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Monday, July 26, 2010

A red-letter book

The red plot against America was, if anything, worse than what was described by Joe McCarthy.

Like M. Stanton Evans, I've spent a lot of time going over old records and that conclusion is inescapable. So I believe that Evans in Blacklisted by History: the untold story of Senator Joe McCarthy (Random House 2007) has done a service by laying out in gritty detail much material that shows that McCarthy and his expert advisers really were onto something.

[I always find it interesting that some of the loudest of McCarthy's enemies, such as New Republic editor Michael Straight, had some red skeletons in their closets. Straight, in fact, had been a member of the Anthony Blunt Soviet spy ring and had even held a post in the wartime U.S. State Dept., a fact he only admitted publicly under duress after the Blunt affair blew up in the late 70s.

Straight had been appointed to a top post with the National Endowment for the Arts, in strange parallel to Blunt's career as the queen's art curator. Blunt had obtained the post even though London knew of his treason. Similarly, Nixon appointed Straight, even though Straight's background had quietly surfaced when he was vetted for a post in the Kennedy administration.]

But I have serious reservations about Evans' impartiality. Most notably, he so far (I'm only part way through the book) seems to take J. Edgar Hoover as a paragon of virtue, I suppose in order to vouchsafe the credibility of the numerous FBI reports he cites.

However, conspiracy takes strange turns. After all, it was Hoover who saw to it that the FBI was a major part of the coverup of the government role in John Kennedy's murder. Undoubtedly the communists were among those who wanted JFK (and their arch-nemesis Attorney General Robert Kennedy) out of the way. But Hoover threw in with a bad lot.

However, this doesn't mean that the FBI's evidence of communist penetration is all bogus. Most of it checks, as far as I can determine. Plus, there's other important evidence implying such a conspiracy.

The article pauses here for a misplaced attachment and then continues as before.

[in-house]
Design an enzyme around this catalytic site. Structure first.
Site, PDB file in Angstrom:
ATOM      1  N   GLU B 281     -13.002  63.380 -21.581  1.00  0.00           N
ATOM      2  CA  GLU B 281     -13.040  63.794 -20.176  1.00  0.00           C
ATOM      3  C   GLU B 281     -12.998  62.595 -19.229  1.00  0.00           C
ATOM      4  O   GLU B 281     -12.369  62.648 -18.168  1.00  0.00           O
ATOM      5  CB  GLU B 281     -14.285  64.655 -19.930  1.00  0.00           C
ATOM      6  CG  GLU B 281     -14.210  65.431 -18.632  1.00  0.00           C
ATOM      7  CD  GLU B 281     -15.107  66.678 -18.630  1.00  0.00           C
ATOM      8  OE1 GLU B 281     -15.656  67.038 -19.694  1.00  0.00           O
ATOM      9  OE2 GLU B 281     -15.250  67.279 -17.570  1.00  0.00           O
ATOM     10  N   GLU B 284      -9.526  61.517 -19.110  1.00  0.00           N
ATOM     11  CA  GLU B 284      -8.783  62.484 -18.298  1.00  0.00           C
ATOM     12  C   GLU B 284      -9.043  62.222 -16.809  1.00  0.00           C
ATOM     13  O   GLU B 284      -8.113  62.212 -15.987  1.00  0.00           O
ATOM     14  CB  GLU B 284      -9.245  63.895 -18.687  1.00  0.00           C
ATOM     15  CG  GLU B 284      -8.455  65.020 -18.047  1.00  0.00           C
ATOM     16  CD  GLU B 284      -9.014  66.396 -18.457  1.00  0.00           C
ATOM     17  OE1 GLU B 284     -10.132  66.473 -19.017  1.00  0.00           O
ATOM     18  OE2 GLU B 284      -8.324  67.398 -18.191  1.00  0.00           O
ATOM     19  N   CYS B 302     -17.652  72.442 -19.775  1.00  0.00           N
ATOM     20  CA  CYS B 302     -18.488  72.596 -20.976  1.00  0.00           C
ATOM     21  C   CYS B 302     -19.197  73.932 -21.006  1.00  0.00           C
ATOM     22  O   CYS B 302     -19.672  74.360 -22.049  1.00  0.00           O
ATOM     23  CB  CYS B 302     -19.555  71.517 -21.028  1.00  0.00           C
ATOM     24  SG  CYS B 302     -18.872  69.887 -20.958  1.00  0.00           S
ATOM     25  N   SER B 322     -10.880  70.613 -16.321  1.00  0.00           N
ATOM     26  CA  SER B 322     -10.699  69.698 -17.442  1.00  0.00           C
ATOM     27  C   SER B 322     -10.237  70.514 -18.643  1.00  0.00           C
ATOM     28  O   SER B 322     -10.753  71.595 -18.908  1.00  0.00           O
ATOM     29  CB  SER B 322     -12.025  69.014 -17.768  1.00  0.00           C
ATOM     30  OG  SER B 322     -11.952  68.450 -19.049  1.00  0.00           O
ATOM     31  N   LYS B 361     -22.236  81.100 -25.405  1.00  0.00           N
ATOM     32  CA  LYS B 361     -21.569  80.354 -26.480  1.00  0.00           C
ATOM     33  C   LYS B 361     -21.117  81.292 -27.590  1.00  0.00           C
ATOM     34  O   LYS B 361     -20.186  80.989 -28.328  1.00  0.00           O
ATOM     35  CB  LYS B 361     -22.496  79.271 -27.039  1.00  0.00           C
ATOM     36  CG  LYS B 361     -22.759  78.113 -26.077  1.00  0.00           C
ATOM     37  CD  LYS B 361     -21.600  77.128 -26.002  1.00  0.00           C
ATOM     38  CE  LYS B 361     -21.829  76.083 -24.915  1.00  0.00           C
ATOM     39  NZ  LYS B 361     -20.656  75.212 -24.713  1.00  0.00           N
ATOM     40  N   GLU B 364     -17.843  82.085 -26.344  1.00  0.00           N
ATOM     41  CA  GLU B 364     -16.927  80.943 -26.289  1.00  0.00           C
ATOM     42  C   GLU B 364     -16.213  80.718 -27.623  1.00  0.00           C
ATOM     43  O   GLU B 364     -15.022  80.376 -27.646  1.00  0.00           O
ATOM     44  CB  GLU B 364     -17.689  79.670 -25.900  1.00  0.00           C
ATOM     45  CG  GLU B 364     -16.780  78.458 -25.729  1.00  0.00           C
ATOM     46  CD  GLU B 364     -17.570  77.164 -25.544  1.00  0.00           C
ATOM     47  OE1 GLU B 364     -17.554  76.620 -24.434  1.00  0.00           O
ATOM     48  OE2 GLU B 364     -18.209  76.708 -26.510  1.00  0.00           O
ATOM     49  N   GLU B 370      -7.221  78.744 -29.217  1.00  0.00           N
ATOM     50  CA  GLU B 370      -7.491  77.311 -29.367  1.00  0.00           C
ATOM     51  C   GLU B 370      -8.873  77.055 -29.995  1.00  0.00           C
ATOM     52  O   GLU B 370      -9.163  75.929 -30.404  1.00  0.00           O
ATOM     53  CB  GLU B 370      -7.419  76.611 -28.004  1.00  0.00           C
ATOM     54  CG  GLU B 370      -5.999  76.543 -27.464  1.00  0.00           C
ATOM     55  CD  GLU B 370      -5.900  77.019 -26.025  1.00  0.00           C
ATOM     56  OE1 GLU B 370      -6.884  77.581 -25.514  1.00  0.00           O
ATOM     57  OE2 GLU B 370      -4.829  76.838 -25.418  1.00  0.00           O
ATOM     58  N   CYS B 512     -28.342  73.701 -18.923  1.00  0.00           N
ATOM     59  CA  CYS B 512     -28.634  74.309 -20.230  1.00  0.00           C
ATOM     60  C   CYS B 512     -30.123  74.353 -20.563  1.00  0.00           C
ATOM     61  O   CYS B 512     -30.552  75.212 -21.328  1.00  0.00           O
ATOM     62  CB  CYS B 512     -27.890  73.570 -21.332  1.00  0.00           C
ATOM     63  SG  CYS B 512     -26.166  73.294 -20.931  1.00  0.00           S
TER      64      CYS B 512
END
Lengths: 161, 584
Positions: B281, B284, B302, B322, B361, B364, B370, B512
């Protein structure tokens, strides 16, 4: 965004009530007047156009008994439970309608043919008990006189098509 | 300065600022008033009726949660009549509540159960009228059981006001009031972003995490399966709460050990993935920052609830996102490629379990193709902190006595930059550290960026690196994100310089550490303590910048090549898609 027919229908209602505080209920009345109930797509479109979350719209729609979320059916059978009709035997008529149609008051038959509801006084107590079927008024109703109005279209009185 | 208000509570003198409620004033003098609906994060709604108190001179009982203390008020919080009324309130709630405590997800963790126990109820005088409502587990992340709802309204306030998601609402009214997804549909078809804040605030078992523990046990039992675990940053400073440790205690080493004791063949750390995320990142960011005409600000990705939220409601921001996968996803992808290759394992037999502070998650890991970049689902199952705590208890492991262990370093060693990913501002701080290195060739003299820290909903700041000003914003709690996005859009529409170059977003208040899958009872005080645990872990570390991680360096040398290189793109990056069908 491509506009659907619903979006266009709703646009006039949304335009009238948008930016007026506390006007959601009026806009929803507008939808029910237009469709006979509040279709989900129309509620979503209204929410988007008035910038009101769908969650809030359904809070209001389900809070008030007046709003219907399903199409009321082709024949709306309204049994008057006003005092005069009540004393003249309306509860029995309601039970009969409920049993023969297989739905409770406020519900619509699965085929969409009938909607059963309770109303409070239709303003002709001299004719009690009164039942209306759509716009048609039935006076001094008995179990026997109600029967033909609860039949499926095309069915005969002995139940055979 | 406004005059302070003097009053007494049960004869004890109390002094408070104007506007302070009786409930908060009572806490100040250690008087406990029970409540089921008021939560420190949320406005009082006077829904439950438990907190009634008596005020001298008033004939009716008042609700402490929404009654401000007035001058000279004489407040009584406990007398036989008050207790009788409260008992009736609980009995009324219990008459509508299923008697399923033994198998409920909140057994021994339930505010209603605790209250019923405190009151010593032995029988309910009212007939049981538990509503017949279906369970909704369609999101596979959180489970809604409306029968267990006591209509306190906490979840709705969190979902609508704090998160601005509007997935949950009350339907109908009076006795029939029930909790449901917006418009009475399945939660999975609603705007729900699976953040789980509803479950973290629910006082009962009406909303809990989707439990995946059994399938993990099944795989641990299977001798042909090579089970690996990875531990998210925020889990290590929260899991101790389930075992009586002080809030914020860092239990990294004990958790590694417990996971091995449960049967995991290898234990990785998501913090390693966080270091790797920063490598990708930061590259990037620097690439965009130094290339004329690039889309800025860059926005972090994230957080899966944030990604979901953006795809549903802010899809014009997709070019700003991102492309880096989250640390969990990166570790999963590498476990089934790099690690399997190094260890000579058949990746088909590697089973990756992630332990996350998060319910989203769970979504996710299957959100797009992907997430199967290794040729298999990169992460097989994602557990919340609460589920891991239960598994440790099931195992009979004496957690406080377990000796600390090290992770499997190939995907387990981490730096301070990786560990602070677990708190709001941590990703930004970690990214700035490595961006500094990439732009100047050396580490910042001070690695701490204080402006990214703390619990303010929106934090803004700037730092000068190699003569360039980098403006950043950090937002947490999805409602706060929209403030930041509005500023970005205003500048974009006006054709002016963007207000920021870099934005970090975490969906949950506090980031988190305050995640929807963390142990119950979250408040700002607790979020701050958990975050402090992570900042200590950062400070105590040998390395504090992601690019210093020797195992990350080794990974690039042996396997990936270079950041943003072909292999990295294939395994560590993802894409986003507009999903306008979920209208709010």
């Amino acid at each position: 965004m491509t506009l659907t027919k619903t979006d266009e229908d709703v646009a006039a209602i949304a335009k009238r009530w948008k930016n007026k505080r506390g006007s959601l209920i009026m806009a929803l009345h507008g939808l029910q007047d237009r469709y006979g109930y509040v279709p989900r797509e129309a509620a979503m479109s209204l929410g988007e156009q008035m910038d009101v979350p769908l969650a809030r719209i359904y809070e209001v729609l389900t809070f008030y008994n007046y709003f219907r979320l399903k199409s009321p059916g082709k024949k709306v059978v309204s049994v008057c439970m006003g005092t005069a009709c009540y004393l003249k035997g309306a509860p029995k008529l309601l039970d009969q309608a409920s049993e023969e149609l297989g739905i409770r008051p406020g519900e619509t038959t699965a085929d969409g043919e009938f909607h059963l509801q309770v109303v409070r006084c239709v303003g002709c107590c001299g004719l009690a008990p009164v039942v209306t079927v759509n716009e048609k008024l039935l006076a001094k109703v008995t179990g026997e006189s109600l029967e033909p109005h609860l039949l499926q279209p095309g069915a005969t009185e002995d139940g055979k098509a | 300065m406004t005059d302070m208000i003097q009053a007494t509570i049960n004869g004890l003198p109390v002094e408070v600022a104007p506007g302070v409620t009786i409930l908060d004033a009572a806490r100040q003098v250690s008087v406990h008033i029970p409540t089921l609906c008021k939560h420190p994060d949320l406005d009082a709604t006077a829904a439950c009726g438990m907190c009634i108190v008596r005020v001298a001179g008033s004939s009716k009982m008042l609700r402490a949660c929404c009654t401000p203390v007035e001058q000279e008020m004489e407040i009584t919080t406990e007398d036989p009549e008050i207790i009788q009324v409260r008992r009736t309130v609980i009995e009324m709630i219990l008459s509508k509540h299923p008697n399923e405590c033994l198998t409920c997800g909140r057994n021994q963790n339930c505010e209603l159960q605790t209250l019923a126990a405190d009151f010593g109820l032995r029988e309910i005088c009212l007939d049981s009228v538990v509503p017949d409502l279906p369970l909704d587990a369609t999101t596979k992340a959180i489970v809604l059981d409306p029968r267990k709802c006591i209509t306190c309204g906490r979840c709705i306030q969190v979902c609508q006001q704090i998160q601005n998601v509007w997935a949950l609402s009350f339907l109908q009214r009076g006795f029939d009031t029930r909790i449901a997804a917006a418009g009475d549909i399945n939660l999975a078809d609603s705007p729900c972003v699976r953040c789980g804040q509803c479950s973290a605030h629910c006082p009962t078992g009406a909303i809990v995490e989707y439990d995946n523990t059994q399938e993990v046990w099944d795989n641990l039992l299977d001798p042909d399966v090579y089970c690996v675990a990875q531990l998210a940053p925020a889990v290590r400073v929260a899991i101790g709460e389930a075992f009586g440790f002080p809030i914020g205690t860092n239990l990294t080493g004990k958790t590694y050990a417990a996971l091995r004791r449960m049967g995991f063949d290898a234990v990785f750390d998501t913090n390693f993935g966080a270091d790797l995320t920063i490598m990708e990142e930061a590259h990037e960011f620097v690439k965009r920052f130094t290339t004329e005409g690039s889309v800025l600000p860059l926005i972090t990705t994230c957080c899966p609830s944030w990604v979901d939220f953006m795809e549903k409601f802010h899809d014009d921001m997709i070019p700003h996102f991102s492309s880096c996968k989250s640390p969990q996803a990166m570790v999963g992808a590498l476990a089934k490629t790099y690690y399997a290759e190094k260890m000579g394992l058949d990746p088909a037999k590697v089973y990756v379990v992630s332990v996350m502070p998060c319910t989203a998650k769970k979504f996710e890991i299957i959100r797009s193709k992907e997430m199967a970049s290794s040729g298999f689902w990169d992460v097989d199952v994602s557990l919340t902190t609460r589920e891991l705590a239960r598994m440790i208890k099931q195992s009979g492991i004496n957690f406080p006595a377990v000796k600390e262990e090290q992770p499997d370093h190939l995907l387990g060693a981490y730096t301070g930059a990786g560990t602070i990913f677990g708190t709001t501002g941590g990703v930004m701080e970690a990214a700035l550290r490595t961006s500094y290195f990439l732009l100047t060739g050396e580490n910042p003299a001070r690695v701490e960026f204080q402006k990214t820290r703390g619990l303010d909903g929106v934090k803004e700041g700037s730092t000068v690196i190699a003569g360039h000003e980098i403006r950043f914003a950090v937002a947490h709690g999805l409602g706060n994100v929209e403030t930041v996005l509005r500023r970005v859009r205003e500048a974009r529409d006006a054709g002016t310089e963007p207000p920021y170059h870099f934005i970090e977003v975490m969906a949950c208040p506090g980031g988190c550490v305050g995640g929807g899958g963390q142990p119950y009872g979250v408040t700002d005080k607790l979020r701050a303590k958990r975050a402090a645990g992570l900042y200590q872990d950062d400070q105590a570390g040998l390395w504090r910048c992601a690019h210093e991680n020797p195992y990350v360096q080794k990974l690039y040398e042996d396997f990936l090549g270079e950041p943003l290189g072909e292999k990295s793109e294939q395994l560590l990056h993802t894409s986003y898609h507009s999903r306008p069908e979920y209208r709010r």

As I discovered when seeking public records relating to the reds, Evans found important materials had gone missing. Examples:

# A 1946 State Dept. memo on communists and communist sympathizers should have been in the Tydings committee record concerning its review of McCarthy's charges. AWOl from the National Archives, like numerous other such materials, says Evans.

# Data provided by McCarthy to the Tydings panel. Likewise, no trace.

Finding a copy of the Wheeling, W. Va., Intelligencer in which McCarthy's charges of State Dept. subversion first appeared proved futile. The public library there copies dating to the 19th century -- but nothing for the days in question.  Even the Library of Congress is missing those issues.


  1. Paul, I agree with you about this book. But I am troubled by your "serious reservations about Evans' impartiality."

    Isn't it possible for Evans to be impartial and yet not believe that the U.S. government was involved in the JFK assassination?

    If you believe that the U.S. government was involved in the JFK assassination, presumably some evidence persuaded you of that belief. Isn't it possible that Evans hasn't seen this evidence? Or if he has, isn't it possible that he hasn't been persuaded by it? Can't impartial people interpret evidence differently, or come to different conclusions?

    Assuming that Hoover participated in a cover-up in 1963 and thereafter, how would you expect this to affect Evans' reporting on field reports of special agents in the 1930s, '40s and '50s?

    Is it possible for someone to disagree with you without thereby impugning his impartiality?

    Regards, Mark

  2. Point well taken. As I said, I think Evans has done a service. However, a note on Hoover's faults would have been valuable. And I'd say that there is a strong parallel between the coverup of the severity of communist subversion and the official mangling of the JFK assassination story.